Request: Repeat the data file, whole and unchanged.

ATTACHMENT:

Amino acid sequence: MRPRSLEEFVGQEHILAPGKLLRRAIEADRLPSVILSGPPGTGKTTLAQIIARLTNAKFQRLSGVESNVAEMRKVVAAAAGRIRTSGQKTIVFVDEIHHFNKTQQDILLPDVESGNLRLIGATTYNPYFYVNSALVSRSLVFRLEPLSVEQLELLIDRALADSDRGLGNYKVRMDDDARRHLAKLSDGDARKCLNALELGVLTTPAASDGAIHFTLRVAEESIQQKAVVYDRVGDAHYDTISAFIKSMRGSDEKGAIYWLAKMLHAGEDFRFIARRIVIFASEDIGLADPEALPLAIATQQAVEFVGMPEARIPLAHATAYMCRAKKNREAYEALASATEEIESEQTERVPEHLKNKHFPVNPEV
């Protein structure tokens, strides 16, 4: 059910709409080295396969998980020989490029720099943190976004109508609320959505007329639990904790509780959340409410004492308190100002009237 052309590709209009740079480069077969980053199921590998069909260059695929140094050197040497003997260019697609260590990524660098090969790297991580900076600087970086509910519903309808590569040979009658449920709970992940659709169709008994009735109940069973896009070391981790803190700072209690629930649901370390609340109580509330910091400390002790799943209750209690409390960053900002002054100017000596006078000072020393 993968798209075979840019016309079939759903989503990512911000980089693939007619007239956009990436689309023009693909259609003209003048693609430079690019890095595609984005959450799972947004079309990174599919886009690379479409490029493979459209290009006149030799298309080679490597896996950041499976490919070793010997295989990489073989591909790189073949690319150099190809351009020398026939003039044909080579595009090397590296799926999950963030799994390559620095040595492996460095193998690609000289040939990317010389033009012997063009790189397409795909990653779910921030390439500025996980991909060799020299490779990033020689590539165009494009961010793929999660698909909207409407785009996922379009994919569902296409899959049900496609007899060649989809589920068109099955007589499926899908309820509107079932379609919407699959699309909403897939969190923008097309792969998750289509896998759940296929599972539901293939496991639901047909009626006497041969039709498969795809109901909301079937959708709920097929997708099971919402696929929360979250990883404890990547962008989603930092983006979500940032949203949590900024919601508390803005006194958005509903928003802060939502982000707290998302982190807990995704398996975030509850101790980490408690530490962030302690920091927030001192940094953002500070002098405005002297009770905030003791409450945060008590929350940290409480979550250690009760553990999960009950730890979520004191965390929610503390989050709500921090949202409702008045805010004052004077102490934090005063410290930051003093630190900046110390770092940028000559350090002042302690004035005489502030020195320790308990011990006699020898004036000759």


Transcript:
Amino acid sequence: MRPRSLEEFVGQEHILAPGKLLRRAIEADRLPSVILSGPPGTGKTTLAQIIARLTNAKFQRLSGVESNVAEMRKVVAAAAGRIRTSGQKTIVFVDEIHHFNKTQQDILLPDVESGNLRLIGATTYNPYFYVNSALVSRSLVFRLEPLSVEQLELLIDRALADSDRGLGNYKVRMDDDARRHLAKLSDGDARKCLNALELGVLTTPAASDGAIHFTLRVAEESIQQKAVVYDRVGDAHYDTISAFIKSMRGSDEKGAIYWLAKMLHAGEDFRFIARRIVIFASEDIGLADPEALPLAIATQQAVEFVGMPEARIPLAHATAYMCRAKKNREAYEALASATEEIESEQTERVPEHLKNKHFPVNPEV
């Protein structure tokens, strides 16, 4: 059910709409080295396969998980020989490029720099943190976004109508609320959505007329639990904790509780959340409410004492308190100002009237 052309590709209009740079480069077969980053199921590998069909260059695929140094050197040497003997260019697609260590990524660098090969790297991580900076600087970086509910519903309808590569040979009658449920709970992940659709169709008994009735109940069973896009070391981790803190700072209690629930649901370390609340109580509330910091400390002790799943209750209690409390960053900002002054100017000596006078000072020393 993968798209075979840019016309079939759903989503990512911000980089693939007619007239956009990436689309023009693909259609003209003048693609430079690019890095595609984005959450799972947004079309990174599919886009690379479409490029493979459209290009006149030799298309080679490597896996950041499976490919070793010997295989990489073989591909790189073949690319150099190809351009020398026939003039044909080579595009090397590296799926999950963030799994390559620095040595492996460095193998690609000289040939990317010389033009012997063009790189397409795909990653779910921030390439500025996980991909060799020299490779990033020689590539165009494009961010793929999660698909909207409407785009996922379009994919569902296409899959049900496609007899060649989809589920068109099955007589499926899908309820509107079932379609919407699959699309909403897939969190923008097309792969998750289509896998759940296929599972539901293939496991639901047909009626006497041969039709498969795809109901909301079937959708709920097929997708099971919402696929929360979250990883404890990547962008989603930092983006979500940032949203949590900024919601508390803005006194958005509903928003802060939502982000707290998302982190807990995704398996975030509850101790980490408690530490962030302690920091927030001192940094953002500070002098405005002297009770905030003791409450945060008590929350940290409480979550250690009760553990999960009950730890979520004191965390929610503390989050709500921090949202409702008045805010004052004077102490934090005063410290930051003093630190900046110390770092940028000559350090002042302690004035005489502030020195320790308990011990006699020898004036000759």